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LMP91200: Using several LMP91200 in one design

Part Number: LMP91200
Other Parts Discussed in Thread: INA121


I am developing 4-channel ion meter, and plan using LMP91200 for it. The question is - how to connect 4 parts to have one common VCM output for single reference electrode and 4 ion electrodes? Is it ok to connect all VCM outputs together, or it should be dasy chained somehow?

  • Oleg,

      Help me to understand how you want to use 4 sensors with one LMP91200. How do you intend to get 4 sensors connected to one VCM and one INP?

  • No, I need to use 4 LMP91200 to monitor 4 sensors, but one reference electrode.

  • Oleg,

      That makes more sense.

      I am not sure it will be possible to combine VCM pins from 4 IC's. The issue is that it is the delta between VCM and INP that provides the output.  This signal is measured in uV and combining them could loose the resolution and accuracy needed for the final measurement.

    It would make more sense to use a common VREF in to each part. This would nearly be the same as combining VCM but will not incorrectly load the VCM buffer output.

  • Ok. The question is - if reference electrode is connected to VCM of first IC, and rest VCM's is left floating, will the measurement on all IC's be accurate? Consider VREF is common.

  • Oleg - 

    it would seem that this would lead to inaccurate measurements, as the voltage at the VCM pin does represent the internal zero, and the INP voltage is referenced to it. 

  • And so, what is the solution? Maybe VCMHI can be used as input for VCM buffer? Or maybe I can tie all VCM pins together?

    Again: the task is to use one reference electrode and 4 ion selective sensors.

  • Maybe I can use only the sensor amplifiers on secondary LMP91200's, without using VCM terminals, and connect VOCM of first LMP91200 to all 4 negative terminals of ADC's? In this solution VCM and VOCM of secondary LMP91200's are left floating and VCM is used only as internal reference, and as sensor amplifiers of all IC's configured as unity gain amplifiers, so it is directly reflects input potential, the error could occur only very close to power rails, which is acceptable, as usually the input potential is inside +-1000mV range?

  • Oleg - 

    do you have a part number of the sensor you are using that you can share? This is a unique method that you are proposing, therefore more information about it would be most helpful. Schematic or block diagram (concept is OK) would also be helpful, just so its really clear what you intend to do here.

  • This is custom ion-selective sensors made by our partner here in Russia. It is used generally for hydroponic liquids and soil analysis. Mainly, these sensors have same characteristics as pH sensors, except there are no internal reference electrodes used, but one common reference electrode.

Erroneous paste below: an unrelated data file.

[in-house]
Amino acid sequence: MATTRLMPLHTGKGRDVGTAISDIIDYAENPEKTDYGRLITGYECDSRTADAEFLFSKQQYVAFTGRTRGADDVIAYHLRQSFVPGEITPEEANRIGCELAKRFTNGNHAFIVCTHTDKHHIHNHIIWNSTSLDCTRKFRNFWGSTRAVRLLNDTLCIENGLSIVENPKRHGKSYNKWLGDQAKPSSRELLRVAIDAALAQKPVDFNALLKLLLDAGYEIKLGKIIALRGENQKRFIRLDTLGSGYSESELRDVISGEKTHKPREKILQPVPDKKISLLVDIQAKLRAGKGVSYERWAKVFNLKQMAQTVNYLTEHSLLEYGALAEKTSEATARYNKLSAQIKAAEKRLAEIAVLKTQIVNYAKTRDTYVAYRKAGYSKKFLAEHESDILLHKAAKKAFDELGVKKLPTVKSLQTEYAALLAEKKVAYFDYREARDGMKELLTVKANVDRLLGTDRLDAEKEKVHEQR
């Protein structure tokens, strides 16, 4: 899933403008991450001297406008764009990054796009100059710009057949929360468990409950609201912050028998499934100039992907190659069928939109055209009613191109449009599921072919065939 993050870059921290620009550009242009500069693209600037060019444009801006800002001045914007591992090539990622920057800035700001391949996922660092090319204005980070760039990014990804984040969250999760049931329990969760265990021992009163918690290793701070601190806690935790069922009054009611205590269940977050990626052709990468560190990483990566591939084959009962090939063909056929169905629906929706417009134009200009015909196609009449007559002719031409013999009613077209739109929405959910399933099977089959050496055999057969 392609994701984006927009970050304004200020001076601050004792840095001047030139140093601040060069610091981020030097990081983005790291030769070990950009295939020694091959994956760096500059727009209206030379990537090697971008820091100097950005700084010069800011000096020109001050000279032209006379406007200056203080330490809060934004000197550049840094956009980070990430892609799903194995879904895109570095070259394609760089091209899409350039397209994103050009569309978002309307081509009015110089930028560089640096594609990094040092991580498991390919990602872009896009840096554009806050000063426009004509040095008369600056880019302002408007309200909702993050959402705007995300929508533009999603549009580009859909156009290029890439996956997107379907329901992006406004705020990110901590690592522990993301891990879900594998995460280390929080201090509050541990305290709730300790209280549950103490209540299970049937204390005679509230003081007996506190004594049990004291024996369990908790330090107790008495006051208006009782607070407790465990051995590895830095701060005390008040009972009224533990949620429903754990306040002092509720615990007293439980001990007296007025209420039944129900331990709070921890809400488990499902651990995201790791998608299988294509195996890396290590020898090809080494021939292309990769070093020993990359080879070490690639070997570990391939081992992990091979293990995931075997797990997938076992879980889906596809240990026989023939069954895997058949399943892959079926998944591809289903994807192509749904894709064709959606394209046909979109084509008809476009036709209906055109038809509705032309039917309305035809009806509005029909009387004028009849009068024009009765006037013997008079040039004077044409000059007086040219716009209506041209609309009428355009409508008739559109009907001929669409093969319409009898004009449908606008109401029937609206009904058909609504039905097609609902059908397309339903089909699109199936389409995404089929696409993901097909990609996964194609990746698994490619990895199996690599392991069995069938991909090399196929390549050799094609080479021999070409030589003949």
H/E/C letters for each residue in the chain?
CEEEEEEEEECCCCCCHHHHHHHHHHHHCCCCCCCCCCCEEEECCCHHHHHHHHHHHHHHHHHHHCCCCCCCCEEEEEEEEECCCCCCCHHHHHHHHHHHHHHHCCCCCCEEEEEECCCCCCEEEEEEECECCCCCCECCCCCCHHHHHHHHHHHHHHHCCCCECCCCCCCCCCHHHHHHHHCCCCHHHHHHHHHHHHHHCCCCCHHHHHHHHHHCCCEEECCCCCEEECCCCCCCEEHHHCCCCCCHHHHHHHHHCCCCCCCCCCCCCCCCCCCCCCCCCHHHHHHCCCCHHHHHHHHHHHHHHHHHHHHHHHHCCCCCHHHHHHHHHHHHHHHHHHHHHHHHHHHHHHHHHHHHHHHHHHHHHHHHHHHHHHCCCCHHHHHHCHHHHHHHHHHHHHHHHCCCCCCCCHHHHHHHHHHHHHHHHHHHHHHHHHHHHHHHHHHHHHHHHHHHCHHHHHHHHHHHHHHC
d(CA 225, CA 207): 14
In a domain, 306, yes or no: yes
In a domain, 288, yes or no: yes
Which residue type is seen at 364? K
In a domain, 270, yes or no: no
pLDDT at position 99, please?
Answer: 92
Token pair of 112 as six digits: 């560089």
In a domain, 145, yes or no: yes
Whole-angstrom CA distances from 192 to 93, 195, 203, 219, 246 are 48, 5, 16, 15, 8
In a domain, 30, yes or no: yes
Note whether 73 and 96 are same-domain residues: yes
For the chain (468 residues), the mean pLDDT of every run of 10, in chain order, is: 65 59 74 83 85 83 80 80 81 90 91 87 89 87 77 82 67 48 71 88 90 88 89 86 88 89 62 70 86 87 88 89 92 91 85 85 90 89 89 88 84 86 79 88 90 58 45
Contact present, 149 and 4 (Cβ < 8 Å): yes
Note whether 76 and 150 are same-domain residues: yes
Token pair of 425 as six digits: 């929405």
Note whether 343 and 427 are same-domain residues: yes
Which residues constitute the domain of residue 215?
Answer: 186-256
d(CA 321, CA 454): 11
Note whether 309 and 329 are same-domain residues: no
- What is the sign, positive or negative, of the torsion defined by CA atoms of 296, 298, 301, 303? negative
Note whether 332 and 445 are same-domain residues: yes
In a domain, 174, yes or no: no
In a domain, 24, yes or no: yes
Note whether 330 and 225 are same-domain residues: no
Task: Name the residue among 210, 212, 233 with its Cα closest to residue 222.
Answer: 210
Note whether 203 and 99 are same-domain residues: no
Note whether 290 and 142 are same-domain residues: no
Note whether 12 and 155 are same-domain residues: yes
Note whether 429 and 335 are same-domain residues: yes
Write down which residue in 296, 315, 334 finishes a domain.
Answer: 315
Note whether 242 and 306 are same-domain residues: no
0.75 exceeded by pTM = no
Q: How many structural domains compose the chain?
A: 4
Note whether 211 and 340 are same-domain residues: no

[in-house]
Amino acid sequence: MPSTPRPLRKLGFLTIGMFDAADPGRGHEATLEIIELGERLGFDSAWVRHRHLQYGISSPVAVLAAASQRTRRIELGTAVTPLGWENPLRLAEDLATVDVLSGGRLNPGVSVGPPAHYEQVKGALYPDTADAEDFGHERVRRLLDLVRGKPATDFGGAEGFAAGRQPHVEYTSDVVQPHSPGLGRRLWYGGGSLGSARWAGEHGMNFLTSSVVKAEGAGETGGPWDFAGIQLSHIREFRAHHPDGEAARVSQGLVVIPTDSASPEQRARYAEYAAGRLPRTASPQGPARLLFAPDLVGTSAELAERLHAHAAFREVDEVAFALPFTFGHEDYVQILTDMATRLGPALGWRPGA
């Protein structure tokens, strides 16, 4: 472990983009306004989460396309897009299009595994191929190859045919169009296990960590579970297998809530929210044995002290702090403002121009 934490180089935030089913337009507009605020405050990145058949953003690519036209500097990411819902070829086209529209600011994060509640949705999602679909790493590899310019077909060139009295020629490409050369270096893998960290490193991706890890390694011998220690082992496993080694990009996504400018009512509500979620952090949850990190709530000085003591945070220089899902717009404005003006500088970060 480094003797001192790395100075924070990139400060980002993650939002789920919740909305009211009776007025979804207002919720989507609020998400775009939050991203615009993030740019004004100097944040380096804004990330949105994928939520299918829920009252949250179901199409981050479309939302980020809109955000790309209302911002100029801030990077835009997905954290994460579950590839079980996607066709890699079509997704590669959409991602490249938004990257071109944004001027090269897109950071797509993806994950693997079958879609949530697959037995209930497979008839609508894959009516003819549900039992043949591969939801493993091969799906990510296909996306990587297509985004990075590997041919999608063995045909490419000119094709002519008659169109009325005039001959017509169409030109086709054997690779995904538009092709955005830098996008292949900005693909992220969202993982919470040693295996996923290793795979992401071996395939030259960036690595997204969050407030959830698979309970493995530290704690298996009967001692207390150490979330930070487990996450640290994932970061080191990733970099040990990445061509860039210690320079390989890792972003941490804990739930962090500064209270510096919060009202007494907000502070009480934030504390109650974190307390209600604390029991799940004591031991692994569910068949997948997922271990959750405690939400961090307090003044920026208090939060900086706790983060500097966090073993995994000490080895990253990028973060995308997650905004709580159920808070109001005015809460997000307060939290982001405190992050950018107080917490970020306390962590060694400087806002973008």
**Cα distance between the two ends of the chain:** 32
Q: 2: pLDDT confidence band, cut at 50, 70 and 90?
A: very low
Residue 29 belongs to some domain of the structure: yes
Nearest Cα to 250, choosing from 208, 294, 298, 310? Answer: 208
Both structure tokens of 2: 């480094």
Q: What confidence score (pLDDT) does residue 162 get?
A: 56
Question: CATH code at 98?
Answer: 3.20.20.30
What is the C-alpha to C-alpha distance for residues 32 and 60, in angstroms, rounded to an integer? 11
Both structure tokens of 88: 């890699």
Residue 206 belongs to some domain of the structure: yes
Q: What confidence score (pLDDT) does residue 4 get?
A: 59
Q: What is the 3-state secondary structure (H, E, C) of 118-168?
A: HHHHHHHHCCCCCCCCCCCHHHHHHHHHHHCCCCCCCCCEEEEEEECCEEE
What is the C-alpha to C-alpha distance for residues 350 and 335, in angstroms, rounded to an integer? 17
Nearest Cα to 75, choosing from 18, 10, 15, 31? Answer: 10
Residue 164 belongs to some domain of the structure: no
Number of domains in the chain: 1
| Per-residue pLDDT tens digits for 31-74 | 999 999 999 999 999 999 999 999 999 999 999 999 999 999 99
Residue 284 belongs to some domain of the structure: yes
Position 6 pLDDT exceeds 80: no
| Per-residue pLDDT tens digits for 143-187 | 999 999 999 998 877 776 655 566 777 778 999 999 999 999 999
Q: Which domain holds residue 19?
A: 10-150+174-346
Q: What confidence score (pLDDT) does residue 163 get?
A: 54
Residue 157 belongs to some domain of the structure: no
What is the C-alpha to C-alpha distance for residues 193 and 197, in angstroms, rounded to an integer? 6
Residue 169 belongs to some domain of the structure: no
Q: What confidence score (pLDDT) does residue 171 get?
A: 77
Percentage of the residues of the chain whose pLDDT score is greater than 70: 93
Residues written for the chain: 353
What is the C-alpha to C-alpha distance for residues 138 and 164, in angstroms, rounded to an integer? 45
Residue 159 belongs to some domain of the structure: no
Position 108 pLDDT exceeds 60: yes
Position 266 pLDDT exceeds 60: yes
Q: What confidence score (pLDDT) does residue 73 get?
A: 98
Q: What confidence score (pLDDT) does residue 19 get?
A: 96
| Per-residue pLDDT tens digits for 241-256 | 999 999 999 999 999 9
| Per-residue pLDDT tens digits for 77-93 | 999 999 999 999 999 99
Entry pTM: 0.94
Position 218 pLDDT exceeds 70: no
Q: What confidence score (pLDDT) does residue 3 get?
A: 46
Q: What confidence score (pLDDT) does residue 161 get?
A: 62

It is easy to consider these sensors as usual pH sensors without embedded reference electrode. BTW, we also have pH sensors with same design - with separate reference electrode.

    Currently measuring channel design is:

    One more note: the design supports connecting 4 pH sensors with their internal reference channels, but reference electrodes for these channels are tied together. And we have the connect-sensing plug for common reference electrode, which is disconnecting outher (shielding) contact of BNC connector for each channel from VCM, as the common reference electorde also works well for pH sensor.

  • Currently existing design (but it's performance is rather not good because of too low input impendance of INA121) is:

  • One more point: our design also contains factory 2-point calibration procedure with precalibrated voltage source (2 points, one - terminals are shorted, second - 2048mV are aplyed to terminals), and so the constant offset error constant gain error in each measuring channel has no matter as it is compensated by software.

  • Oleg,

     This part is designed to correct the offset error, set a zero reference and correct for voltage error over temperature. That being said, the VCM buffer is capable of driving up to 8mA, which should be enough for four VCM nodes. you can't connect four VCM nodes together as they are push - pull (or sink - source) in the VCM output. The first VCM to output a few micro volts higher than the others will send the other VCM outputs into sink mode, when they sink the highest VCM output will source max current while the others will sink, this will begin an oscillation of shorts and opens. (Not good) 

    If you decide to use one VCM to power four sensors, the VCM output will have extra loading from each sensor causing a voltage drop of micro volts as each one is added. This will cause error in the measurements. As you said you go through cycles of calibration, so you may overcome this error. There is no guarantee the zero will be correct for all 4, and the voltage correction over temperature for the VCM may not be valid.

    You will need to apply the same VREF voltage to all circuits as the internal connections need to see this reference. Your differential measurement will be incorrect as well because you have to use the VOCM and VCM of only one IC for all four ADC differential inputs. Power and connect all pins of the IC as it was intended, except only connect the output VCM, VOCM and VCMHI of one IC to your application.

    To be honest, this chip was not designed for this application and TI will not be able to warranty or guarantee its use or specifications. However it's well worth the effort to try it and see what happens. 

    It's difficult to tell you what the results will be when your application is outside of the intended design application. I would be interested to hear what the outcome of this design is and how you overcome the design challenges.   


  • Ok, we will try to make draft design and will report its performance. 

    Thank you.